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What Can We Learn From a Really Annoying Paper on NGOs and Development?

Duncan Green's picture

I’ve got a paper I want you to read, particularly if you work for an NGO or other lobbying outfit. Not because it’s good – far from it – but because reading it and (if you work for an NGO) observing your rising tide of irritation will really help you understand how those working in the private sector, government or the multilateral system feel when they read a generalized and ill-informed NGO attack on their work.
The paper in question is from a reputable institution (Manchester University’s Brooks World Poverty Institute) and authors (Nicola Banks and David Hulme), and is about ‘the role of NGOs and civil society in development and poverty reduction’.  Here’s the abstract:
‘Since the late 1970s, NGOs have played an increasingly prominent role in the development sector, widely praised for their strengths as innovative and grassroots-driven organisations with the desire and capacity to pursue participatory and people-centred forms of development and to fill gaps left by the failure of states across the developing world in meeting the needs of their poorest citizens. While levels of funding for NGO programmes in service delivery and advocacy work have increased alongside the rising prevalence and prominence of NGOs, concerns regarding their legitimacy have also increased. There are ongoing questions of these comparative advantages, given their growing distance away from low-income people and communities and towards their donors. In addition, given the non-political arena in which they operate, NGOs have had little participation or impact in tackling the more structurally-entrenched causes and manifestations of poverty, such as social and political exclusion, instead effectively depoliticising poverty by treating it as a technical problem that can be ‘solved’. How, therefore, can NGOs ‘return to their roots’ and follow true participatory and experimental paths to empowerment? As this paper explores, increasingly, NGOs are recognised as only one, albeit important, actor in civil society. Success in this sphere will require a shift away from their role as service providers to that of facilitators and supporters of broader civil society organisations through which low-income communities themselves can engage in dialogue and negotiations to enhance their collective assets and capabilities.’
A fairly standard critique, and one with which I have some sympathy (apart from the unforgivably long paragraph). So why is it so annoying? (and I realize I will probably come across as just another thin-skinned NGO prig, but what’s the world coming to if you can’t indulge in cathartic rants on a blog?). Here are some of the irritants that I think we NGO types should note and avoid in our own work:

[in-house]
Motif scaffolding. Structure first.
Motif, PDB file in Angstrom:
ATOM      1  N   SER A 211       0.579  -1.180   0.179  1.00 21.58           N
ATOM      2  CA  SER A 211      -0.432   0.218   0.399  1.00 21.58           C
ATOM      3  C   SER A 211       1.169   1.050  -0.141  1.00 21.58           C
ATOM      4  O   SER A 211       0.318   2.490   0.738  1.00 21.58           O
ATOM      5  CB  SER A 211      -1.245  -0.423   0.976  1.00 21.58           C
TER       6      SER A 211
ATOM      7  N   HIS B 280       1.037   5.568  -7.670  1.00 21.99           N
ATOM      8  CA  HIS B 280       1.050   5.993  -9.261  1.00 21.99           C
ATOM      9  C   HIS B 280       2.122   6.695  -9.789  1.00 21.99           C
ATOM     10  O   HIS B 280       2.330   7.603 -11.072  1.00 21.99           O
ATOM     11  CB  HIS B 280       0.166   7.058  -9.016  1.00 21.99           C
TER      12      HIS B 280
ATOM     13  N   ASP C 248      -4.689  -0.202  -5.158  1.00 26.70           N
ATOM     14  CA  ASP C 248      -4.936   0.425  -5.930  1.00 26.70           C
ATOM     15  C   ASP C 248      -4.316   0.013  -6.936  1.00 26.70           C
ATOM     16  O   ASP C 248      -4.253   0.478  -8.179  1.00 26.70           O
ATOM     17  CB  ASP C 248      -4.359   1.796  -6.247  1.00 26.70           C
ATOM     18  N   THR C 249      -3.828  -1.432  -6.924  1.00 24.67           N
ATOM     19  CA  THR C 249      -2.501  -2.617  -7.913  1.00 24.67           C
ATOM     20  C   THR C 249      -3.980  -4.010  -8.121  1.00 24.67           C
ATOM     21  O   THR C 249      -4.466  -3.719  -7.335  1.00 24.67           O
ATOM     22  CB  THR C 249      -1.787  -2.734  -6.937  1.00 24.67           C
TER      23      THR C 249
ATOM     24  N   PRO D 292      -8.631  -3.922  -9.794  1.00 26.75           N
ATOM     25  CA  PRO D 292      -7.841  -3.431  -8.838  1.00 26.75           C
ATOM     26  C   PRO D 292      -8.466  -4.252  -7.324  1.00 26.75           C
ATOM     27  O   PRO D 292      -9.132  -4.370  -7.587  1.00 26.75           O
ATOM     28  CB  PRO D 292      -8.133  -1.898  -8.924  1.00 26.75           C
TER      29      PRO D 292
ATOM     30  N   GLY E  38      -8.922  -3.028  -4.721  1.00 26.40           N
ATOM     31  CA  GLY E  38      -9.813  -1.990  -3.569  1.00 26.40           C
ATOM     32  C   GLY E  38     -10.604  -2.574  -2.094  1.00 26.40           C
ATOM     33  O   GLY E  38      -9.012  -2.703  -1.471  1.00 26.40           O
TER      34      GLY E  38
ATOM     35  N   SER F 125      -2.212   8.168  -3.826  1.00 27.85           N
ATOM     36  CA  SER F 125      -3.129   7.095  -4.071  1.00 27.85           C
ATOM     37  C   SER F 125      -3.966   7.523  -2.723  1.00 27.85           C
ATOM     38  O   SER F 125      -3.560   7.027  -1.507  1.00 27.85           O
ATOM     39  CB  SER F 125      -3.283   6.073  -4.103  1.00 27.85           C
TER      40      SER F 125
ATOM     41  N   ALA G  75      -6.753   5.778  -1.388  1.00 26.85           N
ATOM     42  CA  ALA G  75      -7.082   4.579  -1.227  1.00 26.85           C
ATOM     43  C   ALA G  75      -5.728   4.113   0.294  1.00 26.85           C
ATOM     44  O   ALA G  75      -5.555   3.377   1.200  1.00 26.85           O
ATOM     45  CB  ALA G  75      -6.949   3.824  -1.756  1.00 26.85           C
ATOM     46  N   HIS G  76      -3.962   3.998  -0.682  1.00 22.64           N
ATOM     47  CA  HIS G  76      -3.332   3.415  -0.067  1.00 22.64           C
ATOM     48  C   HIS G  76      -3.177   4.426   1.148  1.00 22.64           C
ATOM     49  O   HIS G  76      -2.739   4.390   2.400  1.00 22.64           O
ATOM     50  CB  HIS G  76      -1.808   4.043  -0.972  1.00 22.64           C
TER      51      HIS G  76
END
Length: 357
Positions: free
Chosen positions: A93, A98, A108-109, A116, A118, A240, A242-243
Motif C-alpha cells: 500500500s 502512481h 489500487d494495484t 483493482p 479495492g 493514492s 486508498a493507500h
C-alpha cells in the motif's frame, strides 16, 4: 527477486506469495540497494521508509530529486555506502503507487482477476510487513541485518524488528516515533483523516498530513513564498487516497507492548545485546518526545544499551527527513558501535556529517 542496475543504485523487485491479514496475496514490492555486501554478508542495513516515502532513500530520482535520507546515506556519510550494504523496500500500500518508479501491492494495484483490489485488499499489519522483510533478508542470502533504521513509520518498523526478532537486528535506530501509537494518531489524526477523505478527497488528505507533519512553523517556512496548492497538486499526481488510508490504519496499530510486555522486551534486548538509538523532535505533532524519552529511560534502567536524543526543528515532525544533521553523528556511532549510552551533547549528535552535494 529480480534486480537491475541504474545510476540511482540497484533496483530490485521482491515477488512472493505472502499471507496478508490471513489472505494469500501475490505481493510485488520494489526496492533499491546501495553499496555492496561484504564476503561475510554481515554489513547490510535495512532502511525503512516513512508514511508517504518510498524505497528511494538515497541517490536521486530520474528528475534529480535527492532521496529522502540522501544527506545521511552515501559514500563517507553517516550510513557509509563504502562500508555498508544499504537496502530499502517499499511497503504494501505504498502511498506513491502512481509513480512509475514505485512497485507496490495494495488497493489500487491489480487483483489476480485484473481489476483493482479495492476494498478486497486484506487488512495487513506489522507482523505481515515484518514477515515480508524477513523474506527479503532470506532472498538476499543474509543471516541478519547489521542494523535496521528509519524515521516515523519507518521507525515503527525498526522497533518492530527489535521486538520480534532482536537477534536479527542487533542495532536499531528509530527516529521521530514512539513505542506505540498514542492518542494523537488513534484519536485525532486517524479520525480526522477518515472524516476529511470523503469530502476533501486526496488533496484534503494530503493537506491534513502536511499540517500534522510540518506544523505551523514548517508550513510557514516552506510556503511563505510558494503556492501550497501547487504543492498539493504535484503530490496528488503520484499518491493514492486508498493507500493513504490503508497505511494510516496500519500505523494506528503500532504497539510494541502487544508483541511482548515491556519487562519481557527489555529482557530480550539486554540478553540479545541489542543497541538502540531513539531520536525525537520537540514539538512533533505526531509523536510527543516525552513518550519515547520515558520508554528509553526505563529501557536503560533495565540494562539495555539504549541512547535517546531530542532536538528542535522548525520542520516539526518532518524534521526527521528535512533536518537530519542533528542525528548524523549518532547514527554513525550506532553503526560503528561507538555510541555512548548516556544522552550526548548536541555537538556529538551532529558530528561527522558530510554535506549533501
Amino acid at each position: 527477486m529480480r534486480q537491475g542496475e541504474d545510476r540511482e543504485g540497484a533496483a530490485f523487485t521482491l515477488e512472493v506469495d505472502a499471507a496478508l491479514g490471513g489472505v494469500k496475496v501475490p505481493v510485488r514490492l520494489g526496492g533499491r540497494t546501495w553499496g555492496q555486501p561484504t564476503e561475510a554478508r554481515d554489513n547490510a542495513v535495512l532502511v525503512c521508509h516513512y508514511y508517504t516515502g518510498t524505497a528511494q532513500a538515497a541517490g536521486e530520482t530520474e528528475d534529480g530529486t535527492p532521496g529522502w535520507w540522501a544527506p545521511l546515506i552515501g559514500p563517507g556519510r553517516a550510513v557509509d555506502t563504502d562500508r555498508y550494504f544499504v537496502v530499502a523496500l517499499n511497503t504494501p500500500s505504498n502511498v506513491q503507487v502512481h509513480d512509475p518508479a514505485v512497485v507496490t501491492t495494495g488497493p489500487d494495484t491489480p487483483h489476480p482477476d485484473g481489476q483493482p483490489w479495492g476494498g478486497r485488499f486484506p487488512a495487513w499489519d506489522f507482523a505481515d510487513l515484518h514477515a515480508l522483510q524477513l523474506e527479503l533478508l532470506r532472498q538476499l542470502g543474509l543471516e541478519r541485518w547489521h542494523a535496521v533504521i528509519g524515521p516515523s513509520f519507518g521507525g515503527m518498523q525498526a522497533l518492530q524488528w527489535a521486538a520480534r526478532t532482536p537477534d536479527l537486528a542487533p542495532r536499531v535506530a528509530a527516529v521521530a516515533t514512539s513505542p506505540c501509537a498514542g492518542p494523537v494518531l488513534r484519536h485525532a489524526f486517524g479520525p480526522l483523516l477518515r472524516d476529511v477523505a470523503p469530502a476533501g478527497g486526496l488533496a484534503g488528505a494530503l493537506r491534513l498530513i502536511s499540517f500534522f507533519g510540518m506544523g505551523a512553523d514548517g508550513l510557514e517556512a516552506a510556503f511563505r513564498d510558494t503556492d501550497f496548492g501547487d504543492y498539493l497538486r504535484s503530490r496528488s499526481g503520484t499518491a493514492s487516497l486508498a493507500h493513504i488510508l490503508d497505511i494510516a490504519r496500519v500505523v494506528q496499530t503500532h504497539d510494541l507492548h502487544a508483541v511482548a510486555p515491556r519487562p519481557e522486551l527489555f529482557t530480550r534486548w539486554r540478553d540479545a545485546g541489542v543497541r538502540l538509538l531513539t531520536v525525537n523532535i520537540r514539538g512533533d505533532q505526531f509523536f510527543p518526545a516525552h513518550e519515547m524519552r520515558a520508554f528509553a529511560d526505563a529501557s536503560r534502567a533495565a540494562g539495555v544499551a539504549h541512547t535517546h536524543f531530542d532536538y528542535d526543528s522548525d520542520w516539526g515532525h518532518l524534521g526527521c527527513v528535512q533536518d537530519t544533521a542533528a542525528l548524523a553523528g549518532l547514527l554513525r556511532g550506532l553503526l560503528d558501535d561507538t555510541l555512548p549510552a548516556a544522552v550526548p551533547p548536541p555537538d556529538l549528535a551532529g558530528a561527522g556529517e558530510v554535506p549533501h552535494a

Sweeping generalizations: there’s a standard couple of paras on ‘hey they’re all different!’, but from then on it’s NGOs are this and NGOs are that, with evidence-free assertions across geography, scale and role. No acknowledgement of differences in approach, of some NGOs being better/worse than others. From NGI (non-governmental individual) to large transnational organizations like Oxfam, NGOs are just one amorphous blob (cf ‘the private sector’ in NGO diatribes). The authors’ defence is that this is just a chapter for a student textbook and so has to be a very general ‘synthesis of syntheses’. Just as long as you don’t expect it to describe reality, I guess.
Teaching grandmother to suck eggs (yes, for non English readers, that is one of our weirder sayings): nothing more irritating than having an academic, in ringing tones, telling you the blindingly obvious like ‘while NGOs comprise part of civil society, they are far from synonymous with civil society’ – NSS (no shit, Sherlock). The authors pull the student textbook defence again on this one – it makes me rather worry what our students are being fed (but at least explains why several have come up to me after talks to say how confused they are because they like what I’ve said, yet have been previously taught that all NGOs are evil/incompetent pawns of imperialism).
Argument by assertion, rather than evidence: if you repeat often enough that ‘concerns of financial sustainability and organizational survival drive the erosion of an NGO’s original values and mission’, maybe the reader will eventually swallow it, despite the lack of nuance or evidence. The authors’ defence is that the paper summarizes ‘the best elements of an enormous academic literature’. The trouble with that is that, like an NGO writing a paper based exclusively on other NGO reports, the process acts as a huge echo chamber, magnifying normative assumptions and prejudices, and bidding farewell to any dwindling link to reality.